A long-term study of more than 2,000 women involved in microcredit programs in Bangladesh found that they had greater say in household choices, more control over savings, more say over how to use money, and greater independence in deciding to buy things.
They also had broader social networks, more freedom to travel outside the home, and communicated more with their husbands about family planning and parenting.
That study, along with myriad others, helps illustrate why so many people, organizations, and institutions cite women’s empowerment as one of the key reasons for supporting microfinance.
For anyone unclear about what microfinance entails, it’s basically extending financial services to the very poor to enable them to save, borrow, insure their families, make payments, invest in enterprises that generate extra income—in other words, the variety of financial services most of us in rich countries take for granted. The financial services are often accompanied—in what the industry calls microfinance-plus—by access to other services, such as training and education, health services, networking, and peer support.
As an example of just how crucial women’s empowerment is considered by microfinance’s supporters, it was listed as the second of the four core themes for the Microcredit Summit Campaign, one of the leading industry organizations that for decades championed microfinance worldwide. The other themes were: reaching the poorest, financial self-sustainability, and a positive, measurable impact.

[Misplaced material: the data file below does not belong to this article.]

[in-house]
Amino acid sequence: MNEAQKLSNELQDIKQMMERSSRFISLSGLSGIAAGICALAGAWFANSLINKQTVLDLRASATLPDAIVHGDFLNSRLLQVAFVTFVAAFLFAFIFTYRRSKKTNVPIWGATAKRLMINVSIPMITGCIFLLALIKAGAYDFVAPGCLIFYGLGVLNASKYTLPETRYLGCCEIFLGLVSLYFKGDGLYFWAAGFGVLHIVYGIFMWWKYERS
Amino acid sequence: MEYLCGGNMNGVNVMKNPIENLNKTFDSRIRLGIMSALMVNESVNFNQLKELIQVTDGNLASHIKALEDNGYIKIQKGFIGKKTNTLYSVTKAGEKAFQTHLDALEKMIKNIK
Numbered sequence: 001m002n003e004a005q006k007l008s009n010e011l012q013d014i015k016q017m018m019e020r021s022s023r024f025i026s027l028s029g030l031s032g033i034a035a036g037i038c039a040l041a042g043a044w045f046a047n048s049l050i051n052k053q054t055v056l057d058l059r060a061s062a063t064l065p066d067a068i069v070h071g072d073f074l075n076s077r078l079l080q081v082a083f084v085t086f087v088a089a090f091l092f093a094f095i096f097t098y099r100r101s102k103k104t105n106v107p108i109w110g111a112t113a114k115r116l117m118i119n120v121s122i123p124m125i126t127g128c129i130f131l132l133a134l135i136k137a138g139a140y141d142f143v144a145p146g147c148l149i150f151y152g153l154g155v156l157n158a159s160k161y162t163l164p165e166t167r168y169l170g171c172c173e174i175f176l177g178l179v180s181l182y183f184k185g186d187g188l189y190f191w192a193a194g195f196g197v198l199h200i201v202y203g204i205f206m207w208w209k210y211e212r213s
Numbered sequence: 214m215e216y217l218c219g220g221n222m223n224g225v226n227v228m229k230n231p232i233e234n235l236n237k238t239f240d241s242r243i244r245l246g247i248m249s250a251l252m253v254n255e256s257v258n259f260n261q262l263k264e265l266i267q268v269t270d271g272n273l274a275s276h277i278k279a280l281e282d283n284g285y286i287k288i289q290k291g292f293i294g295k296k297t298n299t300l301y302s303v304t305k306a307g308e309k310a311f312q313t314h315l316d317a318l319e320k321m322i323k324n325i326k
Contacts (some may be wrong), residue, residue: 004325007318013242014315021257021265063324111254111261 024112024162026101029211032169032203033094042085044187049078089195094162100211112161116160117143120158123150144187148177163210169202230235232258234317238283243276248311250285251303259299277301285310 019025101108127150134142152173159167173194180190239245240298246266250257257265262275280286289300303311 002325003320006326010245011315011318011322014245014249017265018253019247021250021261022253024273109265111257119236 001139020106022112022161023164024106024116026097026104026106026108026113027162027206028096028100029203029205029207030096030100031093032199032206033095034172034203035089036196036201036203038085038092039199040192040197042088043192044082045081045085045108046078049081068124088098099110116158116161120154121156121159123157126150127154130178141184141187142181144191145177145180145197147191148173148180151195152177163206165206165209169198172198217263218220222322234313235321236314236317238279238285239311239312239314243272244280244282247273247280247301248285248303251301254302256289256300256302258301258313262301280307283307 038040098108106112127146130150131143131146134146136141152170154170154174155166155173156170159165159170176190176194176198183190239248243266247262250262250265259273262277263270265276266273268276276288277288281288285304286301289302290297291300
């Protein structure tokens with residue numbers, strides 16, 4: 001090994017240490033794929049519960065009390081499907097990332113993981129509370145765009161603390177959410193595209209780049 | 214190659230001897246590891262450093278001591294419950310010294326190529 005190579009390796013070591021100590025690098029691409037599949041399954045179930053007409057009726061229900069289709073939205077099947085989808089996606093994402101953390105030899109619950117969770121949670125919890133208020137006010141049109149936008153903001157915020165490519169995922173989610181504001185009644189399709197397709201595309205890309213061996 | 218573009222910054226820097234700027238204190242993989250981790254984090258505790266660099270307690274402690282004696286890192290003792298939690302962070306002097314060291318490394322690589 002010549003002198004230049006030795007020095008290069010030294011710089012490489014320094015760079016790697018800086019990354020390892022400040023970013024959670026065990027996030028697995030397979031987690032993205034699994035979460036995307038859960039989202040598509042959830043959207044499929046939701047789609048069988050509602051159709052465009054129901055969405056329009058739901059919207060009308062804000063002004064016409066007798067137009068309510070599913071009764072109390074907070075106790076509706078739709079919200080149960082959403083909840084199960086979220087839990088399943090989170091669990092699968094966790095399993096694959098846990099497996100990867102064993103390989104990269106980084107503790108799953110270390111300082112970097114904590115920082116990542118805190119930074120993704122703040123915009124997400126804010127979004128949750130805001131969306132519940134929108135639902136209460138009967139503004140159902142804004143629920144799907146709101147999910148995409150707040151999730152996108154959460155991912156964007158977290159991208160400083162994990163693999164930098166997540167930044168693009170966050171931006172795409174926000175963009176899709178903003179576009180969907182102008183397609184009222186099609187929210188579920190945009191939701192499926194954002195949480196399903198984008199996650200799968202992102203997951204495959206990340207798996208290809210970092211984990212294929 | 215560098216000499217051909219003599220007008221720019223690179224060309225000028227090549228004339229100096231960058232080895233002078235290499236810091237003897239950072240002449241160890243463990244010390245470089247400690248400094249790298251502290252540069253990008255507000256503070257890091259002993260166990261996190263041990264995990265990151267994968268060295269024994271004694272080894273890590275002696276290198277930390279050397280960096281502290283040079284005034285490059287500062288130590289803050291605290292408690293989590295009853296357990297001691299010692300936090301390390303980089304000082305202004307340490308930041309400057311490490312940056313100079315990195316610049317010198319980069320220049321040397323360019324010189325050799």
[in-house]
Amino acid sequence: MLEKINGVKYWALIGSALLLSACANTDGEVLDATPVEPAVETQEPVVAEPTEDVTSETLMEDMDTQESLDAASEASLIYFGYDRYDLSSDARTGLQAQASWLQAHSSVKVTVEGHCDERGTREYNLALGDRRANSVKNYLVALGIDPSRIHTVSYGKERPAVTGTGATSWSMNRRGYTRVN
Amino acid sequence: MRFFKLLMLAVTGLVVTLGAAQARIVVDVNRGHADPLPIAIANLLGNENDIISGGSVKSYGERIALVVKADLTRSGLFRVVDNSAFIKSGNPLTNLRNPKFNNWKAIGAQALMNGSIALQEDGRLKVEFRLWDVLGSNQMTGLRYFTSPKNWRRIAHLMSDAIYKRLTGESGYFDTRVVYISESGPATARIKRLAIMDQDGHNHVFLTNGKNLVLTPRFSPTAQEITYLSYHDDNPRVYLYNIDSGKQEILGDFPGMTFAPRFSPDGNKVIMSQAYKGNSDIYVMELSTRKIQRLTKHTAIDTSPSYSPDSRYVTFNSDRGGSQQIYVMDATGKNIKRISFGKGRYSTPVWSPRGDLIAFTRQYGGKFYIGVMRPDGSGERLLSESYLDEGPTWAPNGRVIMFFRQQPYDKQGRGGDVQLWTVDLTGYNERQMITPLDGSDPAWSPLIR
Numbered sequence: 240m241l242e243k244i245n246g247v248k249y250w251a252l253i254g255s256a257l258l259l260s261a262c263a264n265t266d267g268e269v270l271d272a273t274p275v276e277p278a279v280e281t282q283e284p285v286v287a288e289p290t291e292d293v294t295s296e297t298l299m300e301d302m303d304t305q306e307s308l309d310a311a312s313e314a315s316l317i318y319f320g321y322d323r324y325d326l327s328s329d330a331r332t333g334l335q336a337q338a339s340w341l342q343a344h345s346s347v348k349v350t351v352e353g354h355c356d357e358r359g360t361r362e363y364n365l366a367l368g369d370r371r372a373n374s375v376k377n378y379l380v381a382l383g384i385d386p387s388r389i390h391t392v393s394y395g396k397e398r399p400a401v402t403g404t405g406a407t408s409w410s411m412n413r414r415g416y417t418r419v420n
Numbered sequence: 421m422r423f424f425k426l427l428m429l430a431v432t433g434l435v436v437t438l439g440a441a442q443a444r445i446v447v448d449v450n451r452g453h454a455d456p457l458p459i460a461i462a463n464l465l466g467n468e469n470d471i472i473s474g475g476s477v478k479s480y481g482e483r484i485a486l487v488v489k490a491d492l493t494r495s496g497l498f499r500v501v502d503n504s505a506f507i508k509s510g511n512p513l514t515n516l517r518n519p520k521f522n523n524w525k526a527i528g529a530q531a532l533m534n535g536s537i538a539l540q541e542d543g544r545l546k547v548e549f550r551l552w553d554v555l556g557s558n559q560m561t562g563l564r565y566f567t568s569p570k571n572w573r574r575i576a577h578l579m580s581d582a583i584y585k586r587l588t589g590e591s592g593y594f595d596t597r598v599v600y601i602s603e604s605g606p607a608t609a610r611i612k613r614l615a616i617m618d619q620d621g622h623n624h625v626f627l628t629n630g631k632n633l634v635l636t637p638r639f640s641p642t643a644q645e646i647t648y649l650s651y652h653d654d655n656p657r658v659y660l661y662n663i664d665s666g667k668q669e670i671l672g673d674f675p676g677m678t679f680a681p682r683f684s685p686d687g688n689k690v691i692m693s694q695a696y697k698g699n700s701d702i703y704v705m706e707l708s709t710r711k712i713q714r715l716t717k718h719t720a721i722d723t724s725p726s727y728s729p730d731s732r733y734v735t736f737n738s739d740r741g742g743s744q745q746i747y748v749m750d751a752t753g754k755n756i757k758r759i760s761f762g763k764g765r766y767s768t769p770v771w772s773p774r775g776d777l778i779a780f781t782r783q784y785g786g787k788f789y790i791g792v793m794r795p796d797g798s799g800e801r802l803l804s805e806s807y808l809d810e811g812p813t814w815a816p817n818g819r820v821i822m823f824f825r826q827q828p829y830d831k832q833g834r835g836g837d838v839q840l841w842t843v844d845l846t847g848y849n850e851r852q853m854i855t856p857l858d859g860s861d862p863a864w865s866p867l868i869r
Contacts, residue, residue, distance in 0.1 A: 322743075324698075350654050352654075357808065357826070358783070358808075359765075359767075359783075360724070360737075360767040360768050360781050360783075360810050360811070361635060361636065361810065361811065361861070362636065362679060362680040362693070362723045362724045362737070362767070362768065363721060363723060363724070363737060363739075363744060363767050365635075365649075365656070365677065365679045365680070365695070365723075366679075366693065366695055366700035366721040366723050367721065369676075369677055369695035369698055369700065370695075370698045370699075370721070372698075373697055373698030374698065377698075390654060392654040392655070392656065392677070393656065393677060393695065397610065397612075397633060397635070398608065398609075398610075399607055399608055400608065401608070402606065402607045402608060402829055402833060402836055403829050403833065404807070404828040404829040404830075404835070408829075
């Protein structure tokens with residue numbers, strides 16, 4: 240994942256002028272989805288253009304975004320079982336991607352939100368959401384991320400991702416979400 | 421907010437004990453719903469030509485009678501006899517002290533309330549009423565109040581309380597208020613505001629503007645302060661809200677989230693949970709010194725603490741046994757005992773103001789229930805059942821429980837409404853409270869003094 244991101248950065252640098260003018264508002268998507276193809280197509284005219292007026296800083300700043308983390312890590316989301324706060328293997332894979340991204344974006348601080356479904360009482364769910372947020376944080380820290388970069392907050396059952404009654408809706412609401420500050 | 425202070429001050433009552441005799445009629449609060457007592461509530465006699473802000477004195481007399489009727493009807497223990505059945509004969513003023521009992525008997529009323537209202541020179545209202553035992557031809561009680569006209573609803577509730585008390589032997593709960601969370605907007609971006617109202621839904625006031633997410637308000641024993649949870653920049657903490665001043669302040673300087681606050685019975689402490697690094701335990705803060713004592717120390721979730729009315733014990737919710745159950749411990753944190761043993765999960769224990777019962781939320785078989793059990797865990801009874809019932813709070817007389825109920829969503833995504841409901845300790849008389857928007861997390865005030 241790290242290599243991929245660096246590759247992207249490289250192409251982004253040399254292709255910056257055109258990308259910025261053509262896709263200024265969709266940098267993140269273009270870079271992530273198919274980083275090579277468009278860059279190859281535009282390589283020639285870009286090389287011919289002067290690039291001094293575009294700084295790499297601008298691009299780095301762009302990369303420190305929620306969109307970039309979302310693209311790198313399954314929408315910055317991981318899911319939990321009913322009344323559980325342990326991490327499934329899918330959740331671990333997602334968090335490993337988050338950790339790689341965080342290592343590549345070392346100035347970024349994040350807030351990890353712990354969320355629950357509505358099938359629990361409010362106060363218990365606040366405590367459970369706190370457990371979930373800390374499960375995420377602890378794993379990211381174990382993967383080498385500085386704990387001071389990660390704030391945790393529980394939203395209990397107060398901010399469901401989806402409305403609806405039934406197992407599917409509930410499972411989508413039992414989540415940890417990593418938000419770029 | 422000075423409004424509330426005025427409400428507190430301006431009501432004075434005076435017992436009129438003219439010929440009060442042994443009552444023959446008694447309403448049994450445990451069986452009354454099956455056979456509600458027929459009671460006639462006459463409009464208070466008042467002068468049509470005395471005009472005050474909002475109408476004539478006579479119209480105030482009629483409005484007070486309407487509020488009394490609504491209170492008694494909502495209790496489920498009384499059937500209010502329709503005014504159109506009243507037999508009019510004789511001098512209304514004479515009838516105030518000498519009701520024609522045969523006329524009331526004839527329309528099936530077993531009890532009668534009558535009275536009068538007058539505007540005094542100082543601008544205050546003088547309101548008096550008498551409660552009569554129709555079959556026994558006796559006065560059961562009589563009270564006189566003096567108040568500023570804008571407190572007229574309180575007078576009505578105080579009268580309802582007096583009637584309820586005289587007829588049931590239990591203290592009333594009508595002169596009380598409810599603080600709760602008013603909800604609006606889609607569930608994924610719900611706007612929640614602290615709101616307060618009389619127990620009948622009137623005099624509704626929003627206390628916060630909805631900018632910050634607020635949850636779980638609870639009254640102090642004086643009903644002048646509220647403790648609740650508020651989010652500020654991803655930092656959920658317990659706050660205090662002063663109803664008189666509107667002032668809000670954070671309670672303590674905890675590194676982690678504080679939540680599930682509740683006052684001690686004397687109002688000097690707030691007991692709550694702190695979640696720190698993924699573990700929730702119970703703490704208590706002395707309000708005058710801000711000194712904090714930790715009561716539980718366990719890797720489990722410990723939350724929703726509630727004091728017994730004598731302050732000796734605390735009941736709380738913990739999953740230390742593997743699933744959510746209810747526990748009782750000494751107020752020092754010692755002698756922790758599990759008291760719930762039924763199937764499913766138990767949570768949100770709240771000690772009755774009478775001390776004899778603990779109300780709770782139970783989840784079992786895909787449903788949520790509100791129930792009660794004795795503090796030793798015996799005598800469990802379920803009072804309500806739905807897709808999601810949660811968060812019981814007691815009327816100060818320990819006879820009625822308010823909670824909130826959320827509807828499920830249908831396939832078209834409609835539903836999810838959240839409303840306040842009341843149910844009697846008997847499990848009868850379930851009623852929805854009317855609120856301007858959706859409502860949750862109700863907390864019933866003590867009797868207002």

However, a countervailing view argues that microfinance may instead, at least in some contexts for some individuals, reinforce prevailing gender roles and unequal power relationships, increase tensions within households, and transfer microfinance institutions’ risks and costs to poor women without paying them for their time.
In short, there is concern that microfinance can sometimes—contrary to prevailing wisdom—actually disempower women.
The fact that some of the most vocal critics of microfinance as a tool for women’s empowerment have come from the feminist movement lends serious weight to the concerns. Add that many of the concerns are grounded in empirical evidence from the field, and they’re well worth exploring. Here is a brief overview of just some of the issues involved.
As I’ve written about in an earlier ilLUminate piece, research evidence suggests microfinance’s overall impact on the poor is positive, with modest impact on most participants, but quite substantial impact for about 10 percent. Specifically related to empowerment, numerous studies have purported to show that microfinance enhances women’s control over household spending. However, a review of 25 of those studies conducted by an evaluation team from Maastricht University and elsewhere found that more than half lacked strong methodologies or rigorous theoretical frameworks.